Bernd Heyden’s photographic vision remains fascinating to this day. Viewers not only experience passers-by from a former time, but gain insights into the living conditions and everyday life in East Berlin of the 1970s and 1980s. Along with people working in the stores and on the streets, Heyden took portraits of the old, frail and stranded as well as the merry, sad, cheeky children for whom the broken-down neighbourhood around Prenzlauer Allee was a gigantic playground.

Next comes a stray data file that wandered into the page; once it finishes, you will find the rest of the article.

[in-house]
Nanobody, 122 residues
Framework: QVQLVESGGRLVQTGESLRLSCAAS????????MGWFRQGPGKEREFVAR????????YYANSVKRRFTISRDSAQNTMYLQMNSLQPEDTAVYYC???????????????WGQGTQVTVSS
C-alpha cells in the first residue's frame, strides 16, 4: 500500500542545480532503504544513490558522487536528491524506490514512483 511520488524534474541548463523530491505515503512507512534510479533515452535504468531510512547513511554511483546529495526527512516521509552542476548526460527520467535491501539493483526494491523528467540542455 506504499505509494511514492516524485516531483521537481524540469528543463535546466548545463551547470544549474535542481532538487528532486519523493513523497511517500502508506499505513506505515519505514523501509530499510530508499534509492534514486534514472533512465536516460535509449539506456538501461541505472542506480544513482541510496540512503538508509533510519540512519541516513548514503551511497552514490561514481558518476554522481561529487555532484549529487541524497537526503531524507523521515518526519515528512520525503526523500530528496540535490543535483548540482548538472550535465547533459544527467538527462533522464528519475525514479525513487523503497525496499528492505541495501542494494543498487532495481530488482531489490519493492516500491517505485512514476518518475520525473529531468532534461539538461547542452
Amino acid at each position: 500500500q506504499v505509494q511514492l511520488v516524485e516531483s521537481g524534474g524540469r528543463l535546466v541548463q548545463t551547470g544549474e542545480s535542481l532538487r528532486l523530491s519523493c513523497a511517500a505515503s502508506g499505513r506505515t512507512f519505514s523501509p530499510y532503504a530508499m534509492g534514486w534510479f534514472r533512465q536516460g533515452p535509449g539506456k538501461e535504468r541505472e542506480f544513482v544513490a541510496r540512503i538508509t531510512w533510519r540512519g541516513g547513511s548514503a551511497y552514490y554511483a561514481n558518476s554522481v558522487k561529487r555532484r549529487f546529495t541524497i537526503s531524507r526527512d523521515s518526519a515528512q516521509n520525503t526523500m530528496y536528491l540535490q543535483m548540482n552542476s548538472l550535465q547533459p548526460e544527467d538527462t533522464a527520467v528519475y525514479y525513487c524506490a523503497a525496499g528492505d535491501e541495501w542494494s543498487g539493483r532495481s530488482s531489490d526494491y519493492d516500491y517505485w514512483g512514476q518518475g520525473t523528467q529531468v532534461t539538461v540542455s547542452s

For the East Berliner photographer Bernd Heyden, Berlin is first and foremost a backdrop against which life unfolds. All of a sudden, in finely gradated tones of grey, a sense of familiarity with this lost world is there again. Heyden (1940-1984) started taking pictures in the mid-1960s; beginning in 1967, he worked in the Club of Young Photographers, founded by Arno Fischer and Sibylle Bergemann. Nearly all of his existing photographs of Prenzlauer Berg were taken between 1970 and 1980, a total of well over one thousand motifs.